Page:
Detective Conan, also known as Case Closed, has a long and complicated history. From a wild amount of localizations to over 20 feature-length films, the series has confused more than its fair share of fans. One such bit of confusion among fans new and old is how to get into the series in the first place! With 77 translated volumes of manga, at least different dubs from different companies plus subs, there's no clear-cut way to actually start watching the episodes. Do you start from the beginning, dive into the newest episodes without any context or just watch the "best" episodes?
Though its longevity suggests otherwise, getting into Detective Conan isn't that difficult a task -- once you have a handle on the basic premise and characters, it's easy to pick up anywhere for a good time. That premise is this: a high school detective, Shinichi, is transformed into a seven-year-old by a failed poison and must seek out those who transformed him to reverse it.
To that end, he lives with his crush and her Private Eye Father, solving cases and inching closer to getting his body back. From there, the story follows a basic "case of the week" formula. While character relationships may require a bit more puzzling out for the viewer, Detective Conan is still a surprisingly accessible show that requires little to no context to be enjoyed, though it certainly helps.
For those who do want the context, starting from episode one would make the most logical sense, except for the fact that there is currently no legal way to watch every single episode outside of Japan. Funimation's dub, Case Closed, has completely vanished from legal sources following the rights lapse, and while Crunchyroll is doing great at subbing and keeping up with current episodes, it's missing many of the middle seasons.
Likewise, Discotek's new dub is primarily focused on the newer movies and specials, making it difficult for newer fans to fully understand what's happening. Even Viz Media's translation of the manga is actually a fair amount behind the recent episodes of the anime, meaning it doesn't have the full story.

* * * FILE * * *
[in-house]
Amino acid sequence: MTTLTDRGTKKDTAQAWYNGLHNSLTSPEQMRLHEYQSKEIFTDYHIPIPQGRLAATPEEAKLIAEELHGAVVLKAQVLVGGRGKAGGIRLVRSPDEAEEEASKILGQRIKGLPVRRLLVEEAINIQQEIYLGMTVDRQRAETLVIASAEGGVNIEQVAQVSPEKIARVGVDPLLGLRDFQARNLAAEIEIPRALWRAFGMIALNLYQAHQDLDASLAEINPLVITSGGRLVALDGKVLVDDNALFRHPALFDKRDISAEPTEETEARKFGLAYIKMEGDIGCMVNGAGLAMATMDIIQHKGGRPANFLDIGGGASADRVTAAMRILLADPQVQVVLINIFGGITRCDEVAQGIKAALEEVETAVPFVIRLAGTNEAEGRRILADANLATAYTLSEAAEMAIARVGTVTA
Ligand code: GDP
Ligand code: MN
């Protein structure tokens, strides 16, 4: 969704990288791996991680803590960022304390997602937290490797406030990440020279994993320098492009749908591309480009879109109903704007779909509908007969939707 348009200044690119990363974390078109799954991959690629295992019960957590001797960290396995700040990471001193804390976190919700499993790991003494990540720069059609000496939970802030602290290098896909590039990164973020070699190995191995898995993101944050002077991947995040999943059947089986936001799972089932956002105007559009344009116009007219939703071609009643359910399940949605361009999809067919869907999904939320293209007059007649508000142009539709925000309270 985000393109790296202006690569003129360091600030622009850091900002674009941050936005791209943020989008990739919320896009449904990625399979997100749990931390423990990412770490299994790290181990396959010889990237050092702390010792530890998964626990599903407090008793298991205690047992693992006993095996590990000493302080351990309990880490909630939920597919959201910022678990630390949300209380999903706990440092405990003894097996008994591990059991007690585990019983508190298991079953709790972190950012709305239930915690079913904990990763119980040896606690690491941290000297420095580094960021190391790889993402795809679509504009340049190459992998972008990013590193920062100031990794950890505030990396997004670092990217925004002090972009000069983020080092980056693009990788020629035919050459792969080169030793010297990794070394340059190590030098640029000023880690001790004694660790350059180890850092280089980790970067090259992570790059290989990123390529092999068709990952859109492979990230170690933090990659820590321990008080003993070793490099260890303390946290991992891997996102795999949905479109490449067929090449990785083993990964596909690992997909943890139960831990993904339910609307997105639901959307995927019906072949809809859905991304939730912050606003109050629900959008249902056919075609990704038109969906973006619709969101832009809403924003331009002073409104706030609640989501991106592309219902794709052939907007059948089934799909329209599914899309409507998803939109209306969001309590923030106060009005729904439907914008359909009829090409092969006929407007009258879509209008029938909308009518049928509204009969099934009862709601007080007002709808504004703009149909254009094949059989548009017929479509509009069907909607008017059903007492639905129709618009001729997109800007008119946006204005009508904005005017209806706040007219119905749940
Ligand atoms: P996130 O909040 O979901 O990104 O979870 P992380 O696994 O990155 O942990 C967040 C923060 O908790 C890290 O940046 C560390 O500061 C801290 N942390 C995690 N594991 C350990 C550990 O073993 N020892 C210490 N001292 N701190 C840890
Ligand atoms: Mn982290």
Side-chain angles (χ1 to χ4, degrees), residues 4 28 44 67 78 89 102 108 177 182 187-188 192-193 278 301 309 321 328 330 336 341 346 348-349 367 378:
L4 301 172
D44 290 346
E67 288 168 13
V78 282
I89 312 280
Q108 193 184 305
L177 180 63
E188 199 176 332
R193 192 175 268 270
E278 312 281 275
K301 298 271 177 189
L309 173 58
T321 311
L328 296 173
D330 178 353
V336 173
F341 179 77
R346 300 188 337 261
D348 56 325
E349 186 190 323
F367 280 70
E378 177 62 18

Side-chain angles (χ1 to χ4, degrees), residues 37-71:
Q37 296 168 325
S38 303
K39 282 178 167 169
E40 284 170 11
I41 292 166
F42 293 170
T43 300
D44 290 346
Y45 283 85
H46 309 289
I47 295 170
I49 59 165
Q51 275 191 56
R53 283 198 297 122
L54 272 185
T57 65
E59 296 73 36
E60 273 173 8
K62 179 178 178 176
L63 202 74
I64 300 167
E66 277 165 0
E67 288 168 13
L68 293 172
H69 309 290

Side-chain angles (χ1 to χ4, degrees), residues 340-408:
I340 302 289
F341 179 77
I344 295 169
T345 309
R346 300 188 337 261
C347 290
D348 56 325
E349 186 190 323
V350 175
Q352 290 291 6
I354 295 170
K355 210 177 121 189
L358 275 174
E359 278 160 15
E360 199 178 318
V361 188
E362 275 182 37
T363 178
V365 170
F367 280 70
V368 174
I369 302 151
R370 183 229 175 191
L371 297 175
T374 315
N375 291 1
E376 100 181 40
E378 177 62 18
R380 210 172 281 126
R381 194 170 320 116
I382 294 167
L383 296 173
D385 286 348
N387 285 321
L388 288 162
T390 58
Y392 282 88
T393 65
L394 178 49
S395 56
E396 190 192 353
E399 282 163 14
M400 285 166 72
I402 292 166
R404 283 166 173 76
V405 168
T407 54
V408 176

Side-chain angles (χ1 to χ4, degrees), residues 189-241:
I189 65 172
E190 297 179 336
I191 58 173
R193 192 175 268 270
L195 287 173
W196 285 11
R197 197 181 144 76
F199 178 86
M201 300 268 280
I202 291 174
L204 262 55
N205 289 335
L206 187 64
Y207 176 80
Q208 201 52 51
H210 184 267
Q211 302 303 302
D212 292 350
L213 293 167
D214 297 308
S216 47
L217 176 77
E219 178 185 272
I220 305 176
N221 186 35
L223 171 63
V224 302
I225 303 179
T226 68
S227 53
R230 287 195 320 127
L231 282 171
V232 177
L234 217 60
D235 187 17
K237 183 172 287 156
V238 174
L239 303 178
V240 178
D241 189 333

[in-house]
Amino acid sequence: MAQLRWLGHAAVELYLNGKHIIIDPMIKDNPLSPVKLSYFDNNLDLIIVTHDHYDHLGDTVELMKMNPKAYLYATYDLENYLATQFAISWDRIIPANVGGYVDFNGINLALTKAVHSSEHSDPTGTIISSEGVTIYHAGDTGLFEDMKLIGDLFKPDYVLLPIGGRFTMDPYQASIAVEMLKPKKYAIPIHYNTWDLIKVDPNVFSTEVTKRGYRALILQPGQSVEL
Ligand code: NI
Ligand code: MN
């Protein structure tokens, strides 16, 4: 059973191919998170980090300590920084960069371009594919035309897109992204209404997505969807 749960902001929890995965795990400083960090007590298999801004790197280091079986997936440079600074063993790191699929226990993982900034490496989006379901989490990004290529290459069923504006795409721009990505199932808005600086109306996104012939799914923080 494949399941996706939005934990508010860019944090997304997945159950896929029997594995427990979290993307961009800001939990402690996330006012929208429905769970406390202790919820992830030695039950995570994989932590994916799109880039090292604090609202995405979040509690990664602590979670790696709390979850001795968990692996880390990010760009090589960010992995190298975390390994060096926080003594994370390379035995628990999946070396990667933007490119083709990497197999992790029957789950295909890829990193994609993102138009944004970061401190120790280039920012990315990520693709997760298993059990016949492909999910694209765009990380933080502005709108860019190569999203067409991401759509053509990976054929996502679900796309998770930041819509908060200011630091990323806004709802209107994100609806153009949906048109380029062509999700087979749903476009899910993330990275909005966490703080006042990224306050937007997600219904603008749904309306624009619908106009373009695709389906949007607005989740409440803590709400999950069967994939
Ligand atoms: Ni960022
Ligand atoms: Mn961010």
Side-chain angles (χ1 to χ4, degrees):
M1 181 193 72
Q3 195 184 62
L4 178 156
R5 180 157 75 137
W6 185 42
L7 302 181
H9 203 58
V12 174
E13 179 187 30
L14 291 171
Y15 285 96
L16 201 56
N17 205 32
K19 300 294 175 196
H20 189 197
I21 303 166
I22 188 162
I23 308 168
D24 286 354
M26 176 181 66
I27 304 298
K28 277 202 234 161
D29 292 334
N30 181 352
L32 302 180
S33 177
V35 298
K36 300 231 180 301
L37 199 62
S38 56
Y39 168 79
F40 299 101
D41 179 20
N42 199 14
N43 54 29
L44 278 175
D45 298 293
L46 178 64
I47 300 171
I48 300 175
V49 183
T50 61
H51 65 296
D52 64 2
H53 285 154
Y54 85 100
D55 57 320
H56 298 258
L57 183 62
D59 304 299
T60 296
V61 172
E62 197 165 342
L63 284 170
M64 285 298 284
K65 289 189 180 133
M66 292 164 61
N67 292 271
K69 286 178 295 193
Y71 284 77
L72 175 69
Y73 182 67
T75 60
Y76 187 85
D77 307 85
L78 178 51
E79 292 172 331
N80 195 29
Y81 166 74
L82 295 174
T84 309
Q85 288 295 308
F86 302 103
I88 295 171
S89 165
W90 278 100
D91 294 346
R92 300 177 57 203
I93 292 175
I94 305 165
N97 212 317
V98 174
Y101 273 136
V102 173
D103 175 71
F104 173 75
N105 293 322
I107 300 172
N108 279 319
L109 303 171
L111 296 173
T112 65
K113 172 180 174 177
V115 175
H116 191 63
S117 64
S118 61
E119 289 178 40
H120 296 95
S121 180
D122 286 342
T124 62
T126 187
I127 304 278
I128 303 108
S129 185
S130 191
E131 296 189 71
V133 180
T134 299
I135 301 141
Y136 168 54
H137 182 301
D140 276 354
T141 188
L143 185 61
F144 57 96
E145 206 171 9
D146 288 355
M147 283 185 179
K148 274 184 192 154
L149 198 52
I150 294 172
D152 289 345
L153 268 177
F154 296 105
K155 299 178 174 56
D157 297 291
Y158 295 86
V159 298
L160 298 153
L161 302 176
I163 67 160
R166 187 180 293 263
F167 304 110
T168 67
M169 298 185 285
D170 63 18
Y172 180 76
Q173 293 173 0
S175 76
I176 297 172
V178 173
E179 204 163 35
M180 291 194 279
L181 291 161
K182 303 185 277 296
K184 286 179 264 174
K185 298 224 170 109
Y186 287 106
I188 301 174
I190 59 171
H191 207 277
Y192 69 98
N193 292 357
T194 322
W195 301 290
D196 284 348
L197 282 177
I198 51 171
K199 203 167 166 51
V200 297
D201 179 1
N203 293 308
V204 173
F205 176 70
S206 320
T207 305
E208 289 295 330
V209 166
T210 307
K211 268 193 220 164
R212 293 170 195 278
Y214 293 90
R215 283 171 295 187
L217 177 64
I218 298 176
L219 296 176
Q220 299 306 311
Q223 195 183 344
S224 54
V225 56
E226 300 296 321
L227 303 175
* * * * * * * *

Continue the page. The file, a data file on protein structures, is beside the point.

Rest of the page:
Following all that, for those wanting to enjoy as much of the series as possible, the best option would be a one-two-punch of manga-to-anime. Viz's 77 volumes of translated manga contain everything you need to know about the characters and every major canon plot beat. While its case-of-the-week formula means that even the manga isn't exempt from filler, it's still much less than its anime counterpart. Upon finishing the manga, you can then jump over to Crunchyroll and start watching from episode 754 onwards.
Unfortunately, you'll still miss about five volumes worth of content as Episode 754, "The Tragedy of the Red Woman (Steam)," is adapted from Volume 82, but it's as close to the complete story as you can get outside of Japan.
For those who just want a basic understanding of the characters before following the new weekly episodes, the best way to do that is either reading Volumes 1, 4 and 7, or watching the equivalent episodes of the first season available on Crunchyroll (Episodes 1-5, 11-12, 35-37). These episodes and volumes should give any potential new fan a solid base of understanding when it comes to the main cast of Conan, Ran, Kogoro and the Detective Boys in terms of personality, motivations and desires. For those looking for a little more, Volumes 10 introduces Hattori Heiji, and the first signs that Shinichi's goal of returning to his original age may be possible while Volume 18 introduces Haibara, who just may be the solution to his height problem.
Once you've gotten a feel for the characters and Gosho Aoyama's writing style, you'll be ready to jump into the episodes that catch your eye and start trying to catch the killers yourself.
Finally, for those who want a highlight reel of the memorable stories, Volume 36 holds a pivotal and dramatic part of the Metropolitan Police Love Story, while Volumes 48 and 49 feature a spectacular clash between the FBI and the Black Organization. However, these plotlines are spread out over multiple volumes, often appearing in the background behind or around other cases. Overall though, the charm of the series lies in its individual cases and in trying to beat Conan to the culprit.